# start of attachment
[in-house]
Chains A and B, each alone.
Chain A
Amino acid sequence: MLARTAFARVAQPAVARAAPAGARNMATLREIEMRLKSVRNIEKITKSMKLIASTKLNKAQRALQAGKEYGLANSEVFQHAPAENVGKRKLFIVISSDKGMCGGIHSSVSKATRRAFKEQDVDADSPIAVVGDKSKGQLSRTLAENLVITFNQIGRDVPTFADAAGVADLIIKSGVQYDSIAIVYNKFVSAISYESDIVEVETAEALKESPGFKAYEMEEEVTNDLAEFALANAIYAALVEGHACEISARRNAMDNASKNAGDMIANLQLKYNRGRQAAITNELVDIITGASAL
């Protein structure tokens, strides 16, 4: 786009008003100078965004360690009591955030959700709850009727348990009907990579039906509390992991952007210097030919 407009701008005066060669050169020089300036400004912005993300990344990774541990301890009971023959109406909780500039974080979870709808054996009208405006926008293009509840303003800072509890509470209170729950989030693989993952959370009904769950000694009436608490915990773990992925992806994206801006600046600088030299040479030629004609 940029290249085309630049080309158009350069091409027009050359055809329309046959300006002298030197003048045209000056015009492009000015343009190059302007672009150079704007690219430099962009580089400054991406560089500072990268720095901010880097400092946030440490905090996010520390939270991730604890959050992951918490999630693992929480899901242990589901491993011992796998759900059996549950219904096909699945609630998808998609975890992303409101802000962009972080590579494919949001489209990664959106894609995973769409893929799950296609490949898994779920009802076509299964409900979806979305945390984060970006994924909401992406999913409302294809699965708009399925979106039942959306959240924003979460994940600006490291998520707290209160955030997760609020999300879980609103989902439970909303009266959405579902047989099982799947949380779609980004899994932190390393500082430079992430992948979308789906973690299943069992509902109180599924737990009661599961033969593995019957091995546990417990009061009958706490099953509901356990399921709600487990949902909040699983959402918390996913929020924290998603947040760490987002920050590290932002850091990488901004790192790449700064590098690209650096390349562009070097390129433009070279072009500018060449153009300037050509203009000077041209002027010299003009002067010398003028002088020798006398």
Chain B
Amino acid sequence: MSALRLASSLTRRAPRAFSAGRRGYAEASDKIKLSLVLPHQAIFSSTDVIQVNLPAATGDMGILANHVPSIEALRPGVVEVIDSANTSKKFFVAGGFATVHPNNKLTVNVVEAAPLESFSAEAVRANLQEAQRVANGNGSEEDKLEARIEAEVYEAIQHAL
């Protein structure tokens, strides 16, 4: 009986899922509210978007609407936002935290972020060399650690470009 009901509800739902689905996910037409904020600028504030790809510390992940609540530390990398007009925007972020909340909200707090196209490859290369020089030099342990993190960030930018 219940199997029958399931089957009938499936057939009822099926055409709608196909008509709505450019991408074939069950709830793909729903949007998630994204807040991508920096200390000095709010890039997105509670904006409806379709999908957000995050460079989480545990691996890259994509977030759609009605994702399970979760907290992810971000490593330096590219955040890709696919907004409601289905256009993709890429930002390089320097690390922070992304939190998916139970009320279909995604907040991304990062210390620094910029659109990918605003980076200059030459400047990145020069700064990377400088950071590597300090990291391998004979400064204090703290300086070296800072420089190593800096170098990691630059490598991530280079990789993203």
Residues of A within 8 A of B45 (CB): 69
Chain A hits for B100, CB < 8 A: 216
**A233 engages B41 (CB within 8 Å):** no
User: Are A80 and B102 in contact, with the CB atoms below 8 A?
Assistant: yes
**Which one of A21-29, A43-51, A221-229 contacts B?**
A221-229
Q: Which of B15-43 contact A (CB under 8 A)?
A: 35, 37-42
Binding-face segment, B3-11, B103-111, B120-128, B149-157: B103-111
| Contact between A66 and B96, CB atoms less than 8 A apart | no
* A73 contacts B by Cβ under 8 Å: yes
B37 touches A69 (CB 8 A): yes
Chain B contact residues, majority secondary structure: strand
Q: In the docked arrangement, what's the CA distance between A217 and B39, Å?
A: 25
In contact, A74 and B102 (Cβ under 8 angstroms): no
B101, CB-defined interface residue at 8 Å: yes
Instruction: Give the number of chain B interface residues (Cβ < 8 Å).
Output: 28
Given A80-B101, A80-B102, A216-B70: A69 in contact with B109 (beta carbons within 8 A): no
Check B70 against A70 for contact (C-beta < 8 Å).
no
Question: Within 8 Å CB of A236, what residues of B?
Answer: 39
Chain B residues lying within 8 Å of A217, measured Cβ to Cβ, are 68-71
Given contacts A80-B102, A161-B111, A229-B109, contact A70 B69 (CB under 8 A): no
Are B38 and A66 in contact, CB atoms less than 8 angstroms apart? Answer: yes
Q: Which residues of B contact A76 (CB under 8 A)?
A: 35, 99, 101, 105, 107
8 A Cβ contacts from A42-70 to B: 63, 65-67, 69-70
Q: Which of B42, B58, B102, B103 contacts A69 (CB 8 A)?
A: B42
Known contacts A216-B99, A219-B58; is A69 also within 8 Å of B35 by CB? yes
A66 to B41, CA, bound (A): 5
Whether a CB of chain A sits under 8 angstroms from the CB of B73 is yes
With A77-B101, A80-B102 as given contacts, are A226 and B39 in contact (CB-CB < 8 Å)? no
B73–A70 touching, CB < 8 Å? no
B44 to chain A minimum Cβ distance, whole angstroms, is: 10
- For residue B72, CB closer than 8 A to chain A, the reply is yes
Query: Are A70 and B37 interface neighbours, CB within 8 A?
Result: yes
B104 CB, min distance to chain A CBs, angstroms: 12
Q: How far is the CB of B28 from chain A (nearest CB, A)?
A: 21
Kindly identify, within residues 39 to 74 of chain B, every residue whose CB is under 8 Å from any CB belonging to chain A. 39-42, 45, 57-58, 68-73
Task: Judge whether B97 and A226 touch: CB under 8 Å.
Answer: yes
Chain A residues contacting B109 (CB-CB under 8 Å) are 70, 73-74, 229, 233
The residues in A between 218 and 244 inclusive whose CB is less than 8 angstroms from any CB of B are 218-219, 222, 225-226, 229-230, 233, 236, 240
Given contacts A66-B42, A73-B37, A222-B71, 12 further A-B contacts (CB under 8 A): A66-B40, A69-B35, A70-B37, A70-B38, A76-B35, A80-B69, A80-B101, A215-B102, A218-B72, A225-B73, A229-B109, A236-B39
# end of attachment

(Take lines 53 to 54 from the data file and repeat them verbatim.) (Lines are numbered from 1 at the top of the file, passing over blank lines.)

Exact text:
A: 21
Kindly identify, within residues 39 to 74 of chain B, every residue whose CB is under 8 Å from any CB belonging to chain A. 39-42, 45, 57-58, 68-73